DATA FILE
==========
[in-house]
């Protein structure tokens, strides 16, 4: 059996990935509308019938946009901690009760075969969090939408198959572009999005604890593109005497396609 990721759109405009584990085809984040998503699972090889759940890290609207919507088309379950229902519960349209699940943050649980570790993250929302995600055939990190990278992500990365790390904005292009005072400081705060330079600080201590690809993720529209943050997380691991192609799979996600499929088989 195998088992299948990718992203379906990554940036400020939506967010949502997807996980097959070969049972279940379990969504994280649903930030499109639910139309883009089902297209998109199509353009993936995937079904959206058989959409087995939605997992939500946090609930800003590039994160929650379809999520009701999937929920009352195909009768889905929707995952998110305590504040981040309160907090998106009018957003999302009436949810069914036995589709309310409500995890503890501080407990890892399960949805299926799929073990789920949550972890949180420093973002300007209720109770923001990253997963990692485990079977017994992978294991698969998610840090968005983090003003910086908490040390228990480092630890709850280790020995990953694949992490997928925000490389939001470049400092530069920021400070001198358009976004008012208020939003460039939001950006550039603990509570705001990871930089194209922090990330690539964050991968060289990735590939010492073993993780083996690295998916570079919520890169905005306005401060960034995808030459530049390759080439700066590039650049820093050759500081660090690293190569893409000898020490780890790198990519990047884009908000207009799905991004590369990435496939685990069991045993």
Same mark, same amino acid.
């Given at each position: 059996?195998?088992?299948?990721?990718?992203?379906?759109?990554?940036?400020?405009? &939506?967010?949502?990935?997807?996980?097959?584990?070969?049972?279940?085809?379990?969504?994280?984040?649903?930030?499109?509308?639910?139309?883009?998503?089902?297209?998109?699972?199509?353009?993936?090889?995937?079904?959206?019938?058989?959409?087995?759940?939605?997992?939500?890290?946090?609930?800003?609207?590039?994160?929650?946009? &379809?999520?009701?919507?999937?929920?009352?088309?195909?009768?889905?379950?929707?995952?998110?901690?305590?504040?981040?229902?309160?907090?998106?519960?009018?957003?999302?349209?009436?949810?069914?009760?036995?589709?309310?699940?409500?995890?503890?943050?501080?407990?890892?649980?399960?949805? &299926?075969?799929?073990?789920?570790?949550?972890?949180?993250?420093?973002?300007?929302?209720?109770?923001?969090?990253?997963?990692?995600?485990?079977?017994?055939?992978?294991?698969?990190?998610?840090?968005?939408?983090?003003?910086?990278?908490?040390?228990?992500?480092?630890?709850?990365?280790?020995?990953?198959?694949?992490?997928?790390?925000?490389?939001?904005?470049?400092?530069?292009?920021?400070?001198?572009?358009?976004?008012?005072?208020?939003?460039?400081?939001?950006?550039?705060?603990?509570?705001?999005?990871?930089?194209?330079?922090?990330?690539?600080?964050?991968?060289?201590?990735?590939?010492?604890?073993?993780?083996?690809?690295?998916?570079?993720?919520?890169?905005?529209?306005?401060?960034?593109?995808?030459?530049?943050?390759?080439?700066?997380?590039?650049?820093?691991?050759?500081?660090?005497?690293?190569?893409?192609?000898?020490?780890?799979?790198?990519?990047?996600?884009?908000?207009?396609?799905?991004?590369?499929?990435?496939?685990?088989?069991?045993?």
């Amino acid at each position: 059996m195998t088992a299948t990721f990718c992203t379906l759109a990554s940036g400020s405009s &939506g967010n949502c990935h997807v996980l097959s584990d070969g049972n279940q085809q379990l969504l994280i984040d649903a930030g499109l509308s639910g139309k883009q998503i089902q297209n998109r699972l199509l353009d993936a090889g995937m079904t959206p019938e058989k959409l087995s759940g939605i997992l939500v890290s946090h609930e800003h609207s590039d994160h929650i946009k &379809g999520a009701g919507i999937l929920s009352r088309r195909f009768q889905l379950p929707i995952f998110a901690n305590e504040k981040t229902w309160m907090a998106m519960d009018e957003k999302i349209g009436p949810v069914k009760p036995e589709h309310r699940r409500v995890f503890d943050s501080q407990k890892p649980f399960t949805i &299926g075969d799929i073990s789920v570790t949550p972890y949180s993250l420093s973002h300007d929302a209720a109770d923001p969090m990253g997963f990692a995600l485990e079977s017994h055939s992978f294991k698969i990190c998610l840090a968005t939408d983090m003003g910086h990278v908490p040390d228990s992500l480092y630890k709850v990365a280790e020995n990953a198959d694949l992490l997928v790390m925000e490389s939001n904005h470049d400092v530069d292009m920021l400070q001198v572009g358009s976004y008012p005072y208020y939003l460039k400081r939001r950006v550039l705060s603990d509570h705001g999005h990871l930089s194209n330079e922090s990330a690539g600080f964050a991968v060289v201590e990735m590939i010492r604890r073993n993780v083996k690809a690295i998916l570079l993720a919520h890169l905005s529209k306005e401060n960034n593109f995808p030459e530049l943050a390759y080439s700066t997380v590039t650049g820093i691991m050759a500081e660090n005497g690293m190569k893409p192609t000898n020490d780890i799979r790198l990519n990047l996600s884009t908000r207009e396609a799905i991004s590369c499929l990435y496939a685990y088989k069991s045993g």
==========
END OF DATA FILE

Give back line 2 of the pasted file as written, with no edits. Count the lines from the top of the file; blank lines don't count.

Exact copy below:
């Protein structure tokens, strides 16, 4: 059996990935509308019938946009901690009760075969969090939408198959572009999005604890593109005497396609 990721759109405009584990085809984040998503699972090889759940890290609207919507088309379950229902519960349209699940943050649980570790993250929302995600055939990190990278992500990365790390904005292009005072400081705060330079600080201590690809993720529209943050997380691991192609799979996600499929088989 195998088992299948990718992203379906990554940036400020939506967010949502997807996980097959070969049972279940379990969504994280649903930030499109639910139309883009089902297209998109199509353009993936995937079904959206058989959409087995939605997992939500946090609930800003590039994160929650379809999520009701999937929920009352195909009768889905929707995952998110305590504040981040309160907090998106009018957003999302009436949810069914036995589709309310409500995890503890501080407990890892399960949805299926799929073990789920949550972890949180420093973002300007209720109770923001990253997963990692485990079977017994992978294991698969998610840090968005983090003003910086908490040390228990480092630890709850280790020995990953694949992490997928925000490389939001470049400092530069920021400070001198358009976004008012208020939003460039939001950006550039603990509570705001990871930089194209922090990330690539964050991968060289990735590939010492073993993780083996690295998916570079919520890169905005306005401060960034995808030459530049390759080439700066590039650049820093050759500081660090690293190569893409000898020490780890790198990519990047884009908000207009799905991004590369990435496939685990069991045993």